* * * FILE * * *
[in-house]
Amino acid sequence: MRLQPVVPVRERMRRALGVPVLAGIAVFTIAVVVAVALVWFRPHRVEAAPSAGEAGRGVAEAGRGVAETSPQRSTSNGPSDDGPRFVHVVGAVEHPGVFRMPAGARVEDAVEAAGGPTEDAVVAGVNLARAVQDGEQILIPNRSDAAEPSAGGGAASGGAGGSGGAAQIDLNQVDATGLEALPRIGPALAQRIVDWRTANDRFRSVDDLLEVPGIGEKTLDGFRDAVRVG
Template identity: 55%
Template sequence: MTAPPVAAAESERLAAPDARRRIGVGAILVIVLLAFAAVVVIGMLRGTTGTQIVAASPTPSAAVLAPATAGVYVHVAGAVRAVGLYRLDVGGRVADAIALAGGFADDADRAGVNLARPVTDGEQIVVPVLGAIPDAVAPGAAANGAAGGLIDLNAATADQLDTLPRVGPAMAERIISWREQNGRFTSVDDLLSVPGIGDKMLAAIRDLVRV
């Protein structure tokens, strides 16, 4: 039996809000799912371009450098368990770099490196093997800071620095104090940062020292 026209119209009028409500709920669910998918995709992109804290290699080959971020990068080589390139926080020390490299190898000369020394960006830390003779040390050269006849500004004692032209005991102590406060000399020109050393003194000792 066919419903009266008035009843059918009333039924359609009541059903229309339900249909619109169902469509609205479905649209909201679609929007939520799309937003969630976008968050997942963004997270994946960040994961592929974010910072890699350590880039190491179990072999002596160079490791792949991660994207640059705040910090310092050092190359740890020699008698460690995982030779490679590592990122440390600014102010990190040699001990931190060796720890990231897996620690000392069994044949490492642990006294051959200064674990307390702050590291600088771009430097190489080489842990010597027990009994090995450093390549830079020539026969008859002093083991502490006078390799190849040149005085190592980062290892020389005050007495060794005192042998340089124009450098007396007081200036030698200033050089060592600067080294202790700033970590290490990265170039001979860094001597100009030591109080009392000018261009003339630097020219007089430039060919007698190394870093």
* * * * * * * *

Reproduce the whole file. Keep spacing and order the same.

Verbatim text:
[in-house]
Amino acid sequence: MRLQPVVPVRERMRRALGVPVLAGIAVFTIAVVVAVALVWFRPHRVEAAPSAGEAGRGVAEAGRGVAETSPQRSTSNGPSDDGPRFVHVVGAVEHPGVFRMPAGARVEDAVEAAGGPTEDAVVAGVNLARAVQDGEQILIPNRSDAAEPSAGGGAASGGAGGSGGAAQIDLNQVDATGLEALPRIGPALAQRIVDWRTANDRFRSVDDLLEVPGIGEKTLDGFRDAVRVG
Template identity: 55%
Template sequence: MTAPPVAAAESERLAAPDARRRIGVGAILVIVLLAFAAVVVIGMLRGTTGTQIVAASPTPSAAVLAPATAGVYVHVAGAVRAVGLYRLDVGGRVADAIALAGGFADDADRAGVNLARPVTDGEQIVVPVLGAIPDAVAPGAAANGAAGGLIDLNAATADQLDTLPRVGPAMAERIISWREQNGRFTSVDDLLSVPGIGDKMLAAIRDLVRV
């Protein structure tokens, strides 16, 4: 039996809000799912371009450098368990770099490196093997800071620095104090940062020292 026209119209009028409500709920669910998918995709992109804290290699080959971020990068080589390139926080020390490299190898000369020394960006830390003779040390050269006849500004004692032209005991102590406060000399020109050393003194000792 066919419903009266008035009843059918009333039924359609009541059903229309339900249909619109169902469509609205479905649209909201679609929007939520799309937003969630976008968050997942963004997270994946960040994961592929974010910072890699350590880039190491179990072999002596160079490791792949991660994207640059705040910090310092050092190359740890020699008698460690995982030779490679590592990122440390600014102010990190040699001990931190060796720890990231897996620690000392069994044949490492642990006294051959200064674990307390702050590291600088771009430097190489080489842990010597027990009994090995450093390549830079020539026969008859002093083991502490006078390799190849040149005085190592980062290892020389005050007495060794005192042998340089124009450098007396007081200036030698200033050089060592600067080294202790700033970590290490990265170039001979860094001597100009030591109080009392000018261009003339630097020219007089430039060919007698190394870093």